|international communication with published proceedings|
|Rougelot Thomas; Burlion Nicolas; Skoczylas Frédéric|
|de 30-03-2009 à 02-04-2009|
|NUCPERF 2009 - Long Term Performance of Cementitious Barriers and Reinforced Concrete in Nuclear Power Plants and Waste Management|
|125 – 133|
|Concrete structures are generally submitted to stresses and strains that can lead to cracks and durability issues. The aim of this paper is to propose an experimental set-up to determine to what extent the kind of pre-cracking influences the water desorption of cement pastes and mortars. Two methods to generate cracks are used. The first one consists in damaging prismatic specimens by three-point bending. This leads to a so called localized macrocrack, whose average opening varies between 10 and 80 micrometers. Four states of damage are studied: sound, 1, 3 and 7 macrocracks. The second method generates a more diffuse microcracking by submitting samples to a quick thermal shock.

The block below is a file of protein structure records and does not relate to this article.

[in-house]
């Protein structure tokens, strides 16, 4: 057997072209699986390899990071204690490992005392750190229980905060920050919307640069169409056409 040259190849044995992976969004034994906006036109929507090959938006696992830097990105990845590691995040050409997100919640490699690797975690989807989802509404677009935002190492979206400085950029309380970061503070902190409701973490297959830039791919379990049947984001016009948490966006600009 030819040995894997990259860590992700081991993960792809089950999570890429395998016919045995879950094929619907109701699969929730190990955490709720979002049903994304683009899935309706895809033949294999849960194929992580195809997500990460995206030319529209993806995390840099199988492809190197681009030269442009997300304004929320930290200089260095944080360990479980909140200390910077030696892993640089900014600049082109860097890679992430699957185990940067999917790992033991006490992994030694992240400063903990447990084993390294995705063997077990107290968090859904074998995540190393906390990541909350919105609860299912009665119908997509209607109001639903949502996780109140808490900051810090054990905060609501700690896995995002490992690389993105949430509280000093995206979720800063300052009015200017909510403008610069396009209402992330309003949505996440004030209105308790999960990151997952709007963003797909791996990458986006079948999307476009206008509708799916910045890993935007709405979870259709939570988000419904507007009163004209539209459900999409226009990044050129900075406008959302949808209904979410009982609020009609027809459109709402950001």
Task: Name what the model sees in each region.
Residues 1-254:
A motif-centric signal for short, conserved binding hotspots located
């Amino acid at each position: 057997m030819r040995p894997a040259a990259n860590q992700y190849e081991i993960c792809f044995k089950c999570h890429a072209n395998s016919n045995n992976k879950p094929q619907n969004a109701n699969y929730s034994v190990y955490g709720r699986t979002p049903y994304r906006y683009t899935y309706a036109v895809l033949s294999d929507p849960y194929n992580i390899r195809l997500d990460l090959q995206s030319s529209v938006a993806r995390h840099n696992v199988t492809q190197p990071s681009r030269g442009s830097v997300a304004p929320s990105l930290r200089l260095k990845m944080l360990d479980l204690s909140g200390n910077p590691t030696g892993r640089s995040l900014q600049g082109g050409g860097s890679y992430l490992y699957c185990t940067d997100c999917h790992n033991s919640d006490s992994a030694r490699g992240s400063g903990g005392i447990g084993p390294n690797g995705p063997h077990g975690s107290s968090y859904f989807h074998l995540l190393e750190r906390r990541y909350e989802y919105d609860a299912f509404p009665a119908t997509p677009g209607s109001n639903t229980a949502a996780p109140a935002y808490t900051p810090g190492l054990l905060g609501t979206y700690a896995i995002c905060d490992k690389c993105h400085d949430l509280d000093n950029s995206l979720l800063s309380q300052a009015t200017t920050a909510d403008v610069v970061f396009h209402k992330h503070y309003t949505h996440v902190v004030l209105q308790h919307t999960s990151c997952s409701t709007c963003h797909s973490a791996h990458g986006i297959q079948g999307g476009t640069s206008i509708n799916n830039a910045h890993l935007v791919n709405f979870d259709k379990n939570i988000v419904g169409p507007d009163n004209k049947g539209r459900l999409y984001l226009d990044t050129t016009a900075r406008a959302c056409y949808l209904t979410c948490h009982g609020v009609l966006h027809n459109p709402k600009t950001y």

The obtained results tend to show that localized macrocracking is not sufficient to influence neither the water desorption isotherm, nor drying kinetics. On the contrary, the microcracking has two main effects: an increase in desorption kinetics for high relative humidity, and a slight change in the water desorption isotherms. These observations are attributed to a more connected porous network thanks to these microcracks, which accelerate the drying process and allow to remove water from masked pores (due to ink-bottle -pores with narrow neck- configuration) by increasing paths where water can migrate from the pore to the exterior of the specimen.